Report: Dish's counterbid will force Sprint to boost Clearwire offer
Dish Network's (NASDAQ: DISH) unsolicited $3.30 per share counterbid for Clearwire (NASDAQ:CLWR) will force Sprint Nextel (NYSE:S) to raise its $2.97 per share offer to match it, according to a Bloomberg report.
Clearwire's stock is now trading at $3.32 per share, and the increase in the stock price, coupled with Dish's counterbid and a growing chorus of minority Clearwire investors, could cause Sprint to push its $2.2 billion bid higher. The report said that traders are betting Sprint will hike its bid by 11 percent, to around $3.30 per share, more than any other similar-sized deal pending in North America, according to data compiled by Bloomberg.
At stake is Clearwire's vats trove of spectrum; Clearwire commands around 160 MHz of spectrum in the top 100 markets, and Sprint has said its Network Vision network architecture would allow it to efficiently deploy TD-LTE on the airwaves. Dish's counterbid is highly conditional, and it likely will not succeed because Sprint, as the majority owner of Clearwire, would need to agree to the terms. Still, the pressure is on Sprint to increase its offer, given mounting voices of discontent and legal action from minority Clearwire shareholders like Crest Financial Glenview Capital Management, Mount Kellett Capital Management and Taran Asset Management.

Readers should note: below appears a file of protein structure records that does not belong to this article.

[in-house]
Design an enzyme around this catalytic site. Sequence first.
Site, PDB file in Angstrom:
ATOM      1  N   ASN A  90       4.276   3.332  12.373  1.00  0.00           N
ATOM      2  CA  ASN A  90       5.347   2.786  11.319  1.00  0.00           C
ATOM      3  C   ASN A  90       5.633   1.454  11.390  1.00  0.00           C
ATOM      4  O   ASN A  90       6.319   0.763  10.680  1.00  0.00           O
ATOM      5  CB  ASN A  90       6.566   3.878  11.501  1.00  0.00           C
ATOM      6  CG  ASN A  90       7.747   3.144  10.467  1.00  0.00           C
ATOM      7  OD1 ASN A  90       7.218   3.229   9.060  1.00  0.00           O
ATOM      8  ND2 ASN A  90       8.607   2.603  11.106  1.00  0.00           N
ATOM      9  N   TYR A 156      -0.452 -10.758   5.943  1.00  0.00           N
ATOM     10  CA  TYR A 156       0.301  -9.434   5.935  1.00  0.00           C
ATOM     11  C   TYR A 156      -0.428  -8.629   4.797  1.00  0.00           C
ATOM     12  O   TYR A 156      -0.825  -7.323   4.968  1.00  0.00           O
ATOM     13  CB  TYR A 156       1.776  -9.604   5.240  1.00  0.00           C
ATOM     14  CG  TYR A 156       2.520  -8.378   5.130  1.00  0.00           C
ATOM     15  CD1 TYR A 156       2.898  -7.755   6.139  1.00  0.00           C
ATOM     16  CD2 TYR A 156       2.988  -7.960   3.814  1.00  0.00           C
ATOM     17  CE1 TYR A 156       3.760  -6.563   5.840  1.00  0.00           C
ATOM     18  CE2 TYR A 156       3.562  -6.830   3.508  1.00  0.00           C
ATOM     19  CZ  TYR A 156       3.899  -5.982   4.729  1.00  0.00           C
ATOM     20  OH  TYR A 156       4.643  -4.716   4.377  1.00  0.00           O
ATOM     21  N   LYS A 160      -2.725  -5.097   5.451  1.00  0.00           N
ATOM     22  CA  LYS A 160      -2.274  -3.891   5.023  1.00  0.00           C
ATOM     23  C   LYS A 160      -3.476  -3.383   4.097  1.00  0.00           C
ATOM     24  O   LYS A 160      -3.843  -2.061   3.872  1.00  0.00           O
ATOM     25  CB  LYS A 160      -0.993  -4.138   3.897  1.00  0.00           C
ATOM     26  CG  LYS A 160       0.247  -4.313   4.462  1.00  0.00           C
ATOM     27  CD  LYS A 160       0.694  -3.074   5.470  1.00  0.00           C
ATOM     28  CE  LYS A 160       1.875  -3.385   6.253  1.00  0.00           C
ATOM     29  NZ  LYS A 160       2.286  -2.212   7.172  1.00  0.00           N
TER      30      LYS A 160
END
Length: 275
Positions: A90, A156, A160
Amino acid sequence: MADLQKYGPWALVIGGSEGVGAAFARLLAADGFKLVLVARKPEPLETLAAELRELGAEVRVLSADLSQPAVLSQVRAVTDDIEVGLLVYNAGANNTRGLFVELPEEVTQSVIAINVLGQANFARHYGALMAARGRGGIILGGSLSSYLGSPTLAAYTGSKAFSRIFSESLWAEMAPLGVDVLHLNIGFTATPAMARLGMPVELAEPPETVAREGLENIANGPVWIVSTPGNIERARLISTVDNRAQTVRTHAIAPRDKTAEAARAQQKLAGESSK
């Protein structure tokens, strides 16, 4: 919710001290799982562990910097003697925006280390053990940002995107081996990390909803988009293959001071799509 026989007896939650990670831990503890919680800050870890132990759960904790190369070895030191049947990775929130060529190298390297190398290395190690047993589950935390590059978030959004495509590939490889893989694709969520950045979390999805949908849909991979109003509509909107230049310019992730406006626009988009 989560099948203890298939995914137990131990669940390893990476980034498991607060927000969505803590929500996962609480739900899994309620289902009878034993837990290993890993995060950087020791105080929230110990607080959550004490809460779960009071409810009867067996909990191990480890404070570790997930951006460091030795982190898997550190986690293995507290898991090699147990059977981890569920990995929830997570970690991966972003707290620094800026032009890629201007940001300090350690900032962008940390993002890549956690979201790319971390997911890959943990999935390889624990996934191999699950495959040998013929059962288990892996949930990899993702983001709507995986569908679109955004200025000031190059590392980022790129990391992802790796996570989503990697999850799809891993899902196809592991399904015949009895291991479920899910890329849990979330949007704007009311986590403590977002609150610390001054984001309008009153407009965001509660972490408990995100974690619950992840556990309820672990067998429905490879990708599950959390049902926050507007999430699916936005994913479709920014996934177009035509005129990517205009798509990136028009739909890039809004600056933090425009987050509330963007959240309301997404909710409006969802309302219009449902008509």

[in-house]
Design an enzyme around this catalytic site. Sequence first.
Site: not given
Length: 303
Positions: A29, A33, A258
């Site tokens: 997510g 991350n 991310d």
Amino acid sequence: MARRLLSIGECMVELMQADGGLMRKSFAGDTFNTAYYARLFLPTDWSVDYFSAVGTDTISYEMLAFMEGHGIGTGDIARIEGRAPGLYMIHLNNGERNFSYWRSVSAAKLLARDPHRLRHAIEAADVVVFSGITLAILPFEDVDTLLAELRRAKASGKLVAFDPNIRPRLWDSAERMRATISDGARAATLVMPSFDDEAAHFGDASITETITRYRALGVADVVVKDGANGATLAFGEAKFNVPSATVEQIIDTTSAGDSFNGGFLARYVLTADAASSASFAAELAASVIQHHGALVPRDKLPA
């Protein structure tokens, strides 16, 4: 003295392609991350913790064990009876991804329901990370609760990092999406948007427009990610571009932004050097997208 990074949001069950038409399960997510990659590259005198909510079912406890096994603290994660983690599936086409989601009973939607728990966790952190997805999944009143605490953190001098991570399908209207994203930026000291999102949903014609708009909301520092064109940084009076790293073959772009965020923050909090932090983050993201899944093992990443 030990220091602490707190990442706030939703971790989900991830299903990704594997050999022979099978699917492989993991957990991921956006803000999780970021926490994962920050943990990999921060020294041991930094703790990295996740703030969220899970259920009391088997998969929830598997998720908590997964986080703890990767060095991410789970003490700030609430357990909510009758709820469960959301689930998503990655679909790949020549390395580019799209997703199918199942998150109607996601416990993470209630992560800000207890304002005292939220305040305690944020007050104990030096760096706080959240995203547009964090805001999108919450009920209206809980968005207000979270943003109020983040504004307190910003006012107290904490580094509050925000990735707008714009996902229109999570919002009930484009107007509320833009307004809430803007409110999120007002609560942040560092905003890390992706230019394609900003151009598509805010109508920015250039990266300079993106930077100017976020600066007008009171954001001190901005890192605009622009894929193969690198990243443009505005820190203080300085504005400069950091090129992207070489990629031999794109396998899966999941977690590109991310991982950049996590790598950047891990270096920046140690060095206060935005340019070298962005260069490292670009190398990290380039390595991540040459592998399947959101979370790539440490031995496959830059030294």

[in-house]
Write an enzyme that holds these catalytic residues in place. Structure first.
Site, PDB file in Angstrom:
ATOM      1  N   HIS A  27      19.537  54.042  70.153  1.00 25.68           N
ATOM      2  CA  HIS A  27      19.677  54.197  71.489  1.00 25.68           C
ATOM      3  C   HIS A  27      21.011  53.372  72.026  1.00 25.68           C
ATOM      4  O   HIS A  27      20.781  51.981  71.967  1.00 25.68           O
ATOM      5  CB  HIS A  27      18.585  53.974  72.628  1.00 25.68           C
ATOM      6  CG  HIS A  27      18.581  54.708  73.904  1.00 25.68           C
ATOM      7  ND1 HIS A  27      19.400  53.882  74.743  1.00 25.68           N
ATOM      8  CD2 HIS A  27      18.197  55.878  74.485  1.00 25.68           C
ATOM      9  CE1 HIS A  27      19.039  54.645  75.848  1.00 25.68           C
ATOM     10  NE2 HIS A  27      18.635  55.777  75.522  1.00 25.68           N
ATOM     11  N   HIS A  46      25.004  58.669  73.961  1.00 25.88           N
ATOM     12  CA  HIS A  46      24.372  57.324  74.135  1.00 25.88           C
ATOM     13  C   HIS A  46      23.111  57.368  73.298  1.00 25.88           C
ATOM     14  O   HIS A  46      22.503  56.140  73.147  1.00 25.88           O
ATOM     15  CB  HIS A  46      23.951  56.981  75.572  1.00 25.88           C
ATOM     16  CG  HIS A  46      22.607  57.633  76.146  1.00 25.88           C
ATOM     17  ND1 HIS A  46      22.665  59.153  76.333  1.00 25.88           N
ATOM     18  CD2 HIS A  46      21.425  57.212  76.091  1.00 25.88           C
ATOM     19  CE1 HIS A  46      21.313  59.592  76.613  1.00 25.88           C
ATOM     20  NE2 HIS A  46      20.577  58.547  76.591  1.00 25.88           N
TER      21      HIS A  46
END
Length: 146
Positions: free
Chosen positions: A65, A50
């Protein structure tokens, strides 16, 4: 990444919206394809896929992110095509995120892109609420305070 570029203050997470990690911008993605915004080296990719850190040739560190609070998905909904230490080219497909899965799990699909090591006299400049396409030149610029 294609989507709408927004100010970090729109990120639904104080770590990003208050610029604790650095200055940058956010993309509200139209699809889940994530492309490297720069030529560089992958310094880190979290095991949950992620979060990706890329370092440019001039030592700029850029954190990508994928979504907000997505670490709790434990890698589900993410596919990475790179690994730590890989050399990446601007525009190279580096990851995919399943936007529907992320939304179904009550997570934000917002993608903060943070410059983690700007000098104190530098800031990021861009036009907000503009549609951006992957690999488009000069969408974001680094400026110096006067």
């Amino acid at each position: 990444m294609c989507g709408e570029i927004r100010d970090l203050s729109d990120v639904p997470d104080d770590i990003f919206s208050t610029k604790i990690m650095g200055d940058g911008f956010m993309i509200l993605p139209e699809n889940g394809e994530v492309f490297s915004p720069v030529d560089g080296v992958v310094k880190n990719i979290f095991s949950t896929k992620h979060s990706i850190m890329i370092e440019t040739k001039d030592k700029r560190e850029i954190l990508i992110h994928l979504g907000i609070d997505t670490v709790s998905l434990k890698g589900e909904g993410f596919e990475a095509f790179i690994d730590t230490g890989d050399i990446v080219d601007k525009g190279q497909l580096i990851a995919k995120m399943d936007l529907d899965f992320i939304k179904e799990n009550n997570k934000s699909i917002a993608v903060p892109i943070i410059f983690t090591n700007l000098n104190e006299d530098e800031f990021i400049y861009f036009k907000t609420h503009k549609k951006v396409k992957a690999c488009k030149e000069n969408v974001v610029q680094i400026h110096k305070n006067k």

"Sprint continuing to stand by this $2.97 bid is not going to work," Keith Moore, an event-driven strategist at MKM Partners, told Bloomberg. "The Dish bid is illusionary. But Sprint still has the problem of having to get enough shareholders to support them."
Clearwire declined to comment, according to Bloomberg, but Sprint repeated that its "agreement to acquire Clearwire is superior to the highly conditional Dish proposal and offers Clearwire shareholders certain and attractive value."
Analysts, including BTIG analyst Walter Piecyk, have said that Sprint can dispense with Dish's counterbid and get approval for its own offer to buy the rest of Sprint's share, but that it will need to get the support of minority shareholders. To do that, they argue, Sprint will need to increase the price of its offer.
- see this Bloomberg article
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